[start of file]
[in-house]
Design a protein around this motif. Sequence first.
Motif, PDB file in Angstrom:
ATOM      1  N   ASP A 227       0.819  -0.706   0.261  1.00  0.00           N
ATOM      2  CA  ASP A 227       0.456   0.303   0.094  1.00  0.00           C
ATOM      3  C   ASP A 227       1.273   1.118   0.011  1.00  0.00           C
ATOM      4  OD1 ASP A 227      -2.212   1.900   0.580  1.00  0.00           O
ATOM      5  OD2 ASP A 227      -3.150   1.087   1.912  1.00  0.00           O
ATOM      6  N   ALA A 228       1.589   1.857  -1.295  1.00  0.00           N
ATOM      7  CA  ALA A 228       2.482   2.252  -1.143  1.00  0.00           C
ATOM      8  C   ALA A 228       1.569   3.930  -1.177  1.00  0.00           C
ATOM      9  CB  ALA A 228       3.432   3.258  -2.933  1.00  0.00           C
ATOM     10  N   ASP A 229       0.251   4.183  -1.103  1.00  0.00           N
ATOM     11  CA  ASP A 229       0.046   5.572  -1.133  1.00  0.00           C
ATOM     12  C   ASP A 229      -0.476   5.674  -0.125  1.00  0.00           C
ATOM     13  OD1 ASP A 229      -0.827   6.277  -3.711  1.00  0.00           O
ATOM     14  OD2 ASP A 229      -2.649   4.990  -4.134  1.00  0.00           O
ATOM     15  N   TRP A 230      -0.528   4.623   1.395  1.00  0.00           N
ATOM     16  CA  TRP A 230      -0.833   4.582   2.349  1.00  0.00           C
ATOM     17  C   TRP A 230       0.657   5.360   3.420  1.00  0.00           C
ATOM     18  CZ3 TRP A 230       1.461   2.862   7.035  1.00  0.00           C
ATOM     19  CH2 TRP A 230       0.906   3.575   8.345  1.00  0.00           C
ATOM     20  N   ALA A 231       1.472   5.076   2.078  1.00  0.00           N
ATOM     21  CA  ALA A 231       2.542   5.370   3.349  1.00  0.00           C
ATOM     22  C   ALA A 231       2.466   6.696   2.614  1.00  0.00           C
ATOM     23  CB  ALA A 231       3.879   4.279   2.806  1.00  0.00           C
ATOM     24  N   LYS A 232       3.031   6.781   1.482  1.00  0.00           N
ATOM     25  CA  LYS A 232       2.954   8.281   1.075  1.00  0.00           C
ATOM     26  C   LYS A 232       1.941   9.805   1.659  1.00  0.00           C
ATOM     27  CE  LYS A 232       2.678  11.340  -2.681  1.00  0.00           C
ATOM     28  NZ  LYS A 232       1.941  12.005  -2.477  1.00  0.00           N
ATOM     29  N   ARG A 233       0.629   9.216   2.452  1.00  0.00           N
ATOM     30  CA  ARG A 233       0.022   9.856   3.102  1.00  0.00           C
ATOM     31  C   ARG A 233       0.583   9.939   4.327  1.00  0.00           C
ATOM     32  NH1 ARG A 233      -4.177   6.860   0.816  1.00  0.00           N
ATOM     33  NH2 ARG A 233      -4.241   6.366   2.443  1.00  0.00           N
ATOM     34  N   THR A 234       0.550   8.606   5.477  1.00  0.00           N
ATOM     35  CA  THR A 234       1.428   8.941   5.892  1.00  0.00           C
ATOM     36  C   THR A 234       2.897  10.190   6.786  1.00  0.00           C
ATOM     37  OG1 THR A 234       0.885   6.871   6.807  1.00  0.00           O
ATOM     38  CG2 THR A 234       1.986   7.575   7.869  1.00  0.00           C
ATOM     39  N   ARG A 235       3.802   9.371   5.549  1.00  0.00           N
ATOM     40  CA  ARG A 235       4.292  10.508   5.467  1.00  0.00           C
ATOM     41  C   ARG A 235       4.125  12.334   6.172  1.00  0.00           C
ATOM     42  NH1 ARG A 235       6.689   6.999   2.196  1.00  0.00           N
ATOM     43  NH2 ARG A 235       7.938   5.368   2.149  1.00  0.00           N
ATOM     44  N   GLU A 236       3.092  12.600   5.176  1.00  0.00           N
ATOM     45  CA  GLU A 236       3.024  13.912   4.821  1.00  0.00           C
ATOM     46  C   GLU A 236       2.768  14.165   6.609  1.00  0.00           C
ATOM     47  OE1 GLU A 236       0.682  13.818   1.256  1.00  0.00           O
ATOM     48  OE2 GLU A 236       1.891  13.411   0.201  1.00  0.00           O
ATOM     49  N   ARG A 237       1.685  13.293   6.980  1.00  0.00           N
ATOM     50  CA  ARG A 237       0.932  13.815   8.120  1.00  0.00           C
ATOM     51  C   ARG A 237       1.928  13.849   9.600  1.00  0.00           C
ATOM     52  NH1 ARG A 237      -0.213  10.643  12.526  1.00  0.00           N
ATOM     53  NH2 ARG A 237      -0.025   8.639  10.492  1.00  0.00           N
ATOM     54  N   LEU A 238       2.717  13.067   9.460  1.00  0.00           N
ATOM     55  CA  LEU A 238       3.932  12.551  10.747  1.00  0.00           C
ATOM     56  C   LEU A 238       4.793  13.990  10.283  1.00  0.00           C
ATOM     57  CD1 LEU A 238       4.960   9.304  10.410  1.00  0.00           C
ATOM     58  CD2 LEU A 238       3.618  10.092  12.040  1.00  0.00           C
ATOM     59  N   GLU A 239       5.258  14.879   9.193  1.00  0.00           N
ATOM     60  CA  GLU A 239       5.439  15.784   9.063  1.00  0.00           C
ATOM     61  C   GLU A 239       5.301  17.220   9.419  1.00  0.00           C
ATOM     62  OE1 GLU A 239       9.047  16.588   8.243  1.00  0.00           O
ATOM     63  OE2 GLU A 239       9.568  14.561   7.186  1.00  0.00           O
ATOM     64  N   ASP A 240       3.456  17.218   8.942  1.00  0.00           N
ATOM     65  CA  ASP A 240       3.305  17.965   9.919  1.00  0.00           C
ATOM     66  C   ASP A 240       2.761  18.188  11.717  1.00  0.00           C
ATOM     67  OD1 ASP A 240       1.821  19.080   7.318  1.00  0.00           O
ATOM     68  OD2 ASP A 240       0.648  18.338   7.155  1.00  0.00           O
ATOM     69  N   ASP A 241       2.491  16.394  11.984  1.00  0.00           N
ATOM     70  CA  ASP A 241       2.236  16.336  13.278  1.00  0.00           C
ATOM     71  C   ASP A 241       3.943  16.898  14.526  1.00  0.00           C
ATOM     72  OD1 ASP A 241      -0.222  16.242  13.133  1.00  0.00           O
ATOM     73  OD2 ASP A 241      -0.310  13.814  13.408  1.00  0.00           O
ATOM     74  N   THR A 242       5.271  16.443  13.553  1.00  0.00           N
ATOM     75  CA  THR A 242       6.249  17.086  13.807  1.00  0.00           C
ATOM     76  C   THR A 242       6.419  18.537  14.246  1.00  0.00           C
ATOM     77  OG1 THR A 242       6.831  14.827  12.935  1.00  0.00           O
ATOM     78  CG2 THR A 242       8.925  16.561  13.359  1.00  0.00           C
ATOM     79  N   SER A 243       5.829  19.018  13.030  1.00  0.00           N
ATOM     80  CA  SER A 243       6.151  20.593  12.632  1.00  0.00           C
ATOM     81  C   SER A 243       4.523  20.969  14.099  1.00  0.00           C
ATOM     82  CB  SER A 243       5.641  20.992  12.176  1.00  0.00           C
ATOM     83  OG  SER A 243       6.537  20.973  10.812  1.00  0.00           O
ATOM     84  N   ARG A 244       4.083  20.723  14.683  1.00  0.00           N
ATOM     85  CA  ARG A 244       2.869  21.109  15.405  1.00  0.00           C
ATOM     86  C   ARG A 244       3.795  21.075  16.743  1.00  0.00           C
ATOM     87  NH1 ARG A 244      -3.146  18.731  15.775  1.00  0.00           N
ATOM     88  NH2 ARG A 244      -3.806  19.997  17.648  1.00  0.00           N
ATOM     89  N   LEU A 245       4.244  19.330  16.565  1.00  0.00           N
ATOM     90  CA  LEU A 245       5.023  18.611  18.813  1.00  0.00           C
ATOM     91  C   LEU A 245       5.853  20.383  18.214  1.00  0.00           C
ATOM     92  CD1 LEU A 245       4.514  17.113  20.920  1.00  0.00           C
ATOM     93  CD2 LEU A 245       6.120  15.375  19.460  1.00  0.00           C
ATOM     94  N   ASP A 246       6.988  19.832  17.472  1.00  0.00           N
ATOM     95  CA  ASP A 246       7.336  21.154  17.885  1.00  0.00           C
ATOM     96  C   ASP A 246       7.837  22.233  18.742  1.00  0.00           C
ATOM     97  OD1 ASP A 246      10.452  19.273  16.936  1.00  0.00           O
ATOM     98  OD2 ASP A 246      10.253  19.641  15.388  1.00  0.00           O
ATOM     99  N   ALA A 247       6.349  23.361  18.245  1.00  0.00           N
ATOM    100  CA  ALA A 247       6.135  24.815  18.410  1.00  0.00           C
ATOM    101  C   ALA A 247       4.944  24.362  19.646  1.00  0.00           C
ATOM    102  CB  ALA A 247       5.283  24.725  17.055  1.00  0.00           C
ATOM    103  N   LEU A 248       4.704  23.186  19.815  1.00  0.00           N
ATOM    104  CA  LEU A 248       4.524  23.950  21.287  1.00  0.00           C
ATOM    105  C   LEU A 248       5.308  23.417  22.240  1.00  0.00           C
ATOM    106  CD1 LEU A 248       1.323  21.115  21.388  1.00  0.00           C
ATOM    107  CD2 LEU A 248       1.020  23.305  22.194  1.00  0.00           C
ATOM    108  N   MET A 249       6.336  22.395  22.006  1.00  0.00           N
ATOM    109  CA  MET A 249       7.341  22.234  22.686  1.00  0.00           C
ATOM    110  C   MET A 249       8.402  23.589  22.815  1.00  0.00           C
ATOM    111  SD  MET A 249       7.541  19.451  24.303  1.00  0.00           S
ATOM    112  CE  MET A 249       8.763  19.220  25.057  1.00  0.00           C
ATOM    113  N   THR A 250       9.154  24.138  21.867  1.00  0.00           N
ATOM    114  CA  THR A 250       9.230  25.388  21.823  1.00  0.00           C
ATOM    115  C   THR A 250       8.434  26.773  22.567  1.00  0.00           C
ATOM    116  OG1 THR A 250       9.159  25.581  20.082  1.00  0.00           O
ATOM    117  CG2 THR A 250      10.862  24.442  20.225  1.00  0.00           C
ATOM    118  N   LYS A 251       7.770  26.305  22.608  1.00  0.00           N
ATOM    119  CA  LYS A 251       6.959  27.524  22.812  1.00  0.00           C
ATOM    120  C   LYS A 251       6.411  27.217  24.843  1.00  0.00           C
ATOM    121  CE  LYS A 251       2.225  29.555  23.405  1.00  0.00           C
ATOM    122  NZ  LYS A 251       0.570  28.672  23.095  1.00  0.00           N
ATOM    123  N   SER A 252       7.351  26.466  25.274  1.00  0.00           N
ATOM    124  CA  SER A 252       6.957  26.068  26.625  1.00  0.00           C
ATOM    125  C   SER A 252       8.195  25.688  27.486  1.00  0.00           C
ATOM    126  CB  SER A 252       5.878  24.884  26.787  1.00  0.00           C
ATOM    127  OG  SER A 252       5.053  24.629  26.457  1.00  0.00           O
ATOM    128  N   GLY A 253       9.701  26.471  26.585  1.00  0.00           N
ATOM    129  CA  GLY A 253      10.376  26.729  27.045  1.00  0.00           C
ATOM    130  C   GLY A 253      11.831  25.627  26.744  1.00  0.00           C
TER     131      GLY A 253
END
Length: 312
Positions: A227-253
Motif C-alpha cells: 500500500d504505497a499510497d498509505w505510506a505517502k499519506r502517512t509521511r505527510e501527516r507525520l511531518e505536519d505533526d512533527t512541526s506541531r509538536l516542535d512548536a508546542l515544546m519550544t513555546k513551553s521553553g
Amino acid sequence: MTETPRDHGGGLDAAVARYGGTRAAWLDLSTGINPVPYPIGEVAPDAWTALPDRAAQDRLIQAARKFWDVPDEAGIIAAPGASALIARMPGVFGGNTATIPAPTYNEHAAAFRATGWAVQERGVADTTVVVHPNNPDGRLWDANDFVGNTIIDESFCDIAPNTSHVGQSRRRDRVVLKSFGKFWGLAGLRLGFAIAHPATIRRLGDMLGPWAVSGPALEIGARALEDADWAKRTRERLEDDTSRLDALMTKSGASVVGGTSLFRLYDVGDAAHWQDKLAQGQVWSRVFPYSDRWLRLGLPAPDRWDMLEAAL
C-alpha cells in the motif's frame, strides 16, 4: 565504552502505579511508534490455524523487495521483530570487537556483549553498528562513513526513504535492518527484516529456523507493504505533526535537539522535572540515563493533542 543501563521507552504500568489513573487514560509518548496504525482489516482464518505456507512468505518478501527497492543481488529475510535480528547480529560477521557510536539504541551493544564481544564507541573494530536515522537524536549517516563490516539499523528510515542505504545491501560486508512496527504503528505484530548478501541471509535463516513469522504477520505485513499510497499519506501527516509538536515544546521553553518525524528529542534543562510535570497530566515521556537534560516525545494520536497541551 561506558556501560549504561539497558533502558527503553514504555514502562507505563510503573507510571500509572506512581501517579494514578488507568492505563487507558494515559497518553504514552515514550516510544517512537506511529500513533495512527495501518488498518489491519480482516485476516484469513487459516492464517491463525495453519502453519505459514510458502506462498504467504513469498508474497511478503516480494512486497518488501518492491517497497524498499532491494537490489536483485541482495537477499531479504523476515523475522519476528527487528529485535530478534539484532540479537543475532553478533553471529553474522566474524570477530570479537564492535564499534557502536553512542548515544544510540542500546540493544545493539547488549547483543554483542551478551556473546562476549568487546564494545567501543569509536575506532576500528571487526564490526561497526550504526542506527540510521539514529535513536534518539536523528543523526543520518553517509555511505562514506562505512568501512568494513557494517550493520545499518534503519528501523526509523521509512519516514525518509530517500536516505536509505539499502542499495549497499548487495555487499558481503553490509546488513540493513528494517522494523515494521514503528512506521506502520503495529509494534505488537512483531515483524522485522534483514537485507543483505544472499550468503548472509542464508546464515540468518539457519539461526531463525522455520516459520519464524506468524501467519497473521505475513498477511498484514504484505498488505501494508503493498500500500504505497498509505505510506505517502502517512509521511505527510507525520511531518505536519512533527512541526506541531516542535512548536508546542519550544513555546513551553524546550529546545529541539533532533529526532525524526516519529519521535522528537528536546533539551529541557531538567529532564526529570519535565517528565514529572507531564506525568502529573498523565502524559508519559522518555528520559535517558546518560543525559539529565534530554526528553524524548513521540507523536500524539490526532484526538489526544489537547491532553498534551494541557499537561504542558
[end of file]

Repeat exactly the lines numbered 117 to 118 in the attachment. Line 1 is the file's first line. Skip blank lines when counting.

ATOM    114  CA  THR A 250       9.230  25.388  21.823  1.00  0.00           C
ATOM    115  C   THR A 250       8.434  26.773  22.567  1.00  0.00           C